Open Preview See a Problem? Further, Cameron points out that during his lifetime Macrobius comnentary referred to as “Theodosius”, and looking for that name Cameron found a Theodosius who was praetorian prefect of Italy in Science Logic and Mathematics. However other experts, beginning with Ludwig van Janpoint out that despite his familiarity with Greek literature Macrobius was far more familiar with Latin than Greek—as evidenced by his enthusiasm for Vergil and Cicero —and favor North Africa, which was part oh the Latin-speaking portion of the Roman Empire.
Macrobius has two existing works: Like Plato, Cicero decried the abuses of democracy and the horrors of tyranny in his own Republic; and just like Plato, he ends his work with a mythic parable that dealt with cosmology, immortality and various other metaphysical subjects. At a certain point, copyists started including this section of the Republic with Macrobius’ commentary.
Macrobius is one of the so-called encyclopedists.
Lewis was attempting to construct a model of that world view through a review of the literature, and one could shorten the learning curve regarding the materials in Lewis’s book by absorbing the Somnium Scipionis and by at least perusing Macrobius’s Commentary and William Harris Stahl’s sixty-page introduction in particular.
Members Reviews Popularity Average rating Mentions 72 24 From the Publisher via CrossRef no proxy Setup an account with your affiliations in order to access resources via your University’s proxy server Configure custom proxy use this if your affiliation does not provide a proxy. Upon finishing the Commentarywhich had been on my to-read shelf, untouched for twenty years, I was immediately moved to acquire and dive into the newly released, three-volume Loeb Classical Library edition of the Saturnaliawhich was a good move.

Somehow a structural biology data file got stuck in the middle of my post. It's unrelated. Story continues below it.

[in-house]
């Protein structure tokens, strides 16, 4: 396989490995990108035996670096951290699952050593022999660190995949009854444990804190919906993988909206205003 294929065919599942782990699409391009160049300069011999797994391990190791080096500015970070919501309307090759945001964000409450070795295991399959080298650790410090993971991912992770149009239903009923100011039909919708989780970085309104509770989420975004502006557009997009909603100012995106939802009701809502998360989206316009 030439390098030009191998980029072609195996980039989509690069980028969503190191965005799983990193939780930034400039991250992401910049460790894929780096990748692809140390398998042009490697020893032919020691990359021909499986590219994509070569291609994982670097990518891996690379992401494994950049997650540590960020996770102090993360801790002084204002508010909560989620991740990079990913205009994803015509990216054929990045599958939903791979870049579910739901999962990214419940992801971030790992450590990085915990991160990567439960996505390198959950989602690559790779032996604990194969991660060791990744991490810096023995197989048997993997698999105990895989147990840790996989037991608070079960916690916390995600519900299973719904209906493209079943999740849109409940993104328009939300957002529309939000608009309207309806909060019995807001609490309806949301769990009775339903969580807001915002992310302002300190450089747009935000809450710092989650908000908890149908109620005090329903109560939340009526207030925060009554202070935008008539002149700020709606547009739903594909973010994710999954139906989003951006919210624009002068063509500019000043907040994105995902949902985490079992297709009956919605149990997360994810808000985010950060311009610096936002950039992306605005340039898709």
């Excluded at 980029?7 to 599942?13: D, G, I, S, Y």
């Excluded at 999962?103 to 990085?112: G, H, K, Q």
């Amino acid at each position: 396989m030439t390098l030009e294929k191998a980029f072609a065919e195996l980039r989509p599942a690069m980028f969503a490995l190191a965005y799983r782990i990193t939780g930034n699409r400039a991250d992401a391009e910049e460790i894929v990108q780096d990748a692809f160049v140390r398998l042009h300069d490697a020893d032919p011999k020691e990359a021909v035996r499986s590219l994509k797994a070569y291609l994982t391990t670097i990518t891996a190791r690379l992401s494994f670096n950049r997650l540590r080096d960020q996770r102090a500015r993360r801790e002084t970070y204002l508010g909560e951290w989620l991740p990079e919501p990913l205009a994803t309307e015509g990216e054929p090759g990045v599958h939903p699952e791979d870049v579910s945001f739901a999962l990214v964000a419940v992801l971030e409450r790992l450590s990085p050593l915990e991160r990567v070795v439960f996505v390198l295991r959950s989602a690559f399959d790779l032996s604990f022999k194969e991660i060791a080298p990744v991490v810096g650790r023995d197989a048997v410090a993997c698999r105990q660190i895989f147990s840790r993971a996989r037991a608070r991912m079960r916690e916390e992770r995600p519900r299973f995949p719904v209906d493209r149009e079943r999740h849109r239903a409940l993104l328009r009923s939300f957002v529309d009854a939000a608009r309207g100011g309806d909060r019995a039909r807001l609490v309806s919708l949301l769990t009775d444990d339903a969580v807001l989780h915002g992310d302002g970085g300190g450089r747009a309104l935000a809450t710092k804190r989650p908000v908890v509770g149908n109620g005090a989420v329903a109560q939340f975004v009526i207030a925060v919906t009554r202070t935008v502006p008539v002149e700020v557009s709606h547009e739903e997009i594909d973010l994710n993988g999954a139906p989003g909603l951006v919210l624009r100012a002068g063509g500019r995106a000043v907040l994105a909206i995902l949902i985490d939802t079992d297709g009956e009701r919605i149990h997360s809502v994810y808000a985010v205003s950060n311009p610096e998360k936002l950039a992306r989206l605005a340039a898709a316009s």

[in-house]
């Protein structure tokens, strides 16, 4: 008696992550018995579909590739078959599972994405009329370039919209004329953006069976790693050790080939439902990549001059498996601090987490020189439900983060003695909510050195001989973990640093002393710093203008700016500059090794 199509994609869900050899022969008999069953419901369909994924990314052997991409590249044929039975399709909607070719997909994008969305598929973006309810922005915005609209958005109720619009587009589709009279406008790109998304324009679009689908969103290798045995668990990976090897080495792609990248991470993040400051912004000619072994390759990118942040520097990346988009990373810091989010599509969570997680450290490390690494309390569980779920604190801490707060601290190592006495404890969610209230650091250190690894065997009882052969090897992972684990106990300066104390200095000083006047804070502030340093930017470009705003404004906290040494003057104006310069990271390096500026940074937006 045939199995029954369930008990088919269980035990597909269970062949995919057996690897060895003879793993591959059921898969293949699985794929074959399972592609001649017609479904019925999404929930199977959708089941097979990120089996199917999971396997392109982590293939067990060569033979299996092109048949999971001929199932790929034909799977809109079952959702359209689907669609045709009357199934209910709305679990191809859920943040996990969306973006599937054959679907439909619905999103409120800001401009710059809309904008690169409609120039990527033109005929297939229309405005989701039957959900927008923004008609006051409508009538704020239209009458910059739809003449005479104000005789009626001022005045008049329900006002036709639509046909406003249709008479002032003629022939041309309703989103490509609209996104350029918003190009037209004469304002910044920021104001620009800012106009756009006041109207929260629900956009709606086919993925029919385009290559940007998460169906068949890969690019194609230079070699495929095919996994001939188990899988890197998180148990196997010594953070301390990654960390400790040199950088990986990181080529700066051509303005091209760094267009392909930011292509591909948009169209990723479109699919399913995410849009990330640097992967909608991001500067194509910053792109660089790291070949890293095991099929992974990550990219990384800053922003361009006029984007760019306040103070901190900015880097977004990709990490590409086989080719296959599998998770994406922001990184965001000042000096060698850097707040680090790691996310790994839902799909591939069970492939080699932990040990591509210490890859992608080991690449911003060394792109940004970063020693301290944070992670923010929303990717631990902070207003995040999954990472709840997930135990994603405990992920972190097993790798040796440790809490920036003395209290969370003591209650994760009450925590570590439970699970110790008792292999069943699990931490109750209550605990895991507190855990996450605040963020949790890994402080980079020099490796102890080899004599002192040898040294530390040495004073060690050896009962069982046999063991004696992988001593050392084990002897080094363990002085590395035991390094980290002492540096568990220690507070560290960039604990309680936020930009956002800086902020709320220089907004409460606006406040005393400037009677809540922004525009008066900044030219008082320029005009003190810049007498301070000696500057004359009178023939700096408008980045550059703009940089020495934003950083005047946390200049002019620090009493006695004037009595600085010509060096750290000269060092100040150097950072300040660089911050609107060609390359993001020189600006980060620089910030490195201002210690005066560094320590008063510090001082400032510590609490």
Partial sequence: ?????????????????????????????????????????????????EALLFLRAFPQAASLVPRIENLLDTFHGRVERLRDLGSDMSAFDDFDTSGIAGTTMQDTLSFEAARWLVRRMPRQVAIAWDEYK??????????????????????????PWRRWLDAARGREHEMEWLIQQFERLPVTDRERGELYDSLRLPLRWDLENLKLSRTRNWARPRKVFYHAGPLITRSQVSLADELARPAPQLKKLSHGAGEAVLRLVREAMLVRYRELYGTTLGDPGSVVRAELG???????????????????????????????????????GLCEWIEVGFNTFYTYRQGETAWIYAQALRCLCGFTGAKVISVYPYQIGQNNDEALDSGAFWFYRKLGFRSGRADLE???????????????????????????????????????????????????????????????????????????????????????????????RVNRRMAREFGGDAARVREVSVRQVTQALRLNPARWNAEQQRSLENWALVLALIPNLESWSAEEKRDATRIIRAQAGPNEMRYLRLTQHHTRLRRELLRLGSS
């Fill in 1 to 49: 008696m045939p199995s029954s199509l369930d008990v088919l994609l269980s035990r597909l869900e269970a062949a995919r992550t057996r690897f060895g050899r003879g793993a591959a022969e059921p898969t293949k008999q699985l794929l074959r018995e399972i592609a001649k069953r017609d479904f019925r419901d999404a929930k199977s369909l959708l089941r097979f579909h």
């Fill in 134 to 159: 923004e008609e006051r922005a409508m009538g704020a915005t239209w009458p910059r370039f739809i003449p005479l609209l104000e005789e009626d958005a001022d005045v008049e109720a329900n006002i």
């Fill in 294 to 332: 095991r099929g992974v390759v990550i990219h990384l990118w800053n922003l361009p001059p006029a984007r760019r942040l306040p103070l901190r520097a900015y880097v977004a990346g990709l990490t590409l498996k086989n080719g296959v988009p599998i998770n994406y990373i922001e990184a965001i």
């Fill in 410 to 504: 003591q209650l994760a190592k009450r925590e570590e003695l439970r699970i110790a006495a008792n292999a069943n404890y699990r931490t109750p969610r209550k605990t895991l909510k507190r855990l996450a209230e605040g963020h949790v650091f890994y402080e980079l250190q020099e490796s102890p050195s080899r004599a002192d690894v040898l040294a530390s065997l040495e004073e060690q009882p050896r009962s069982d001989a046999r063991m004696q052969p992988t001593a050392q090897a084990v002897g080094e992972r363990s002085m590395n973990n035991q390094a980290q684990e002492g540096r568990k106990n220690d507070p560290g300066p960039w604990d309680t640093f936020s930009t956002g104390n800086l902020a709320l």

He is primarily known for his writings, which include the widely copied and read Commentarii in Somnium Scipionis “Commentary on the Dream of Scipio”which was one of the most important sources for Platonism in the Latin West during the Middle Ages, the Saturnaliaa compendium of ancient Roman religious and antiquarian lore, and De differentiis et societatibus graeci latinique verbi “On the Differences and Similarities of the Greek and Latin Verb”which is now lost.
Kirk rated it it was ok Aug 09, In a way, Macrobius helped me tie up dozens upon dozens of loose threads that had been dangling in my consciousness for many years.
Commentary on the Dream of Scipio
The Dream of Scipio. Readers of Chaucer’s dream visions such as The House of Fame or The Parliament of FowlsBoethius’s Consolation of Philosophy or even Dante’s Divine Comedy will have noted multiple references to Macrobius and the “dream of Scipioun” and will recognize the pattern established by Scipio’s dream.
It also led me back to rereading Cicero’s “Dream scpiio Scipio,” an appendix to his De Re Publicaand from thence to the so-called “myth of Er” from Book X of Plato’s Republic, which I had read under entirely different circumstances clmmentary before.
Rabel – – Ancient Philosophy 14 1: Both of these factors contributed to them being very popular sources of knowledge to scholastics and others. Highly recommended, but not for the feint of mind.
The Universe, the Earth in the centre, surrounded by the five planets, the sun and the moon, within the zodiacal signs. Just a moment while we sign you in to your Goodreads account. If The Dream of Scipio seems familiar, it was discussed by C. Oakley – – The Classical Review 42 Retrieved from ” https: Commentary on the Dream of Scipio [translation] by Macrobius Members.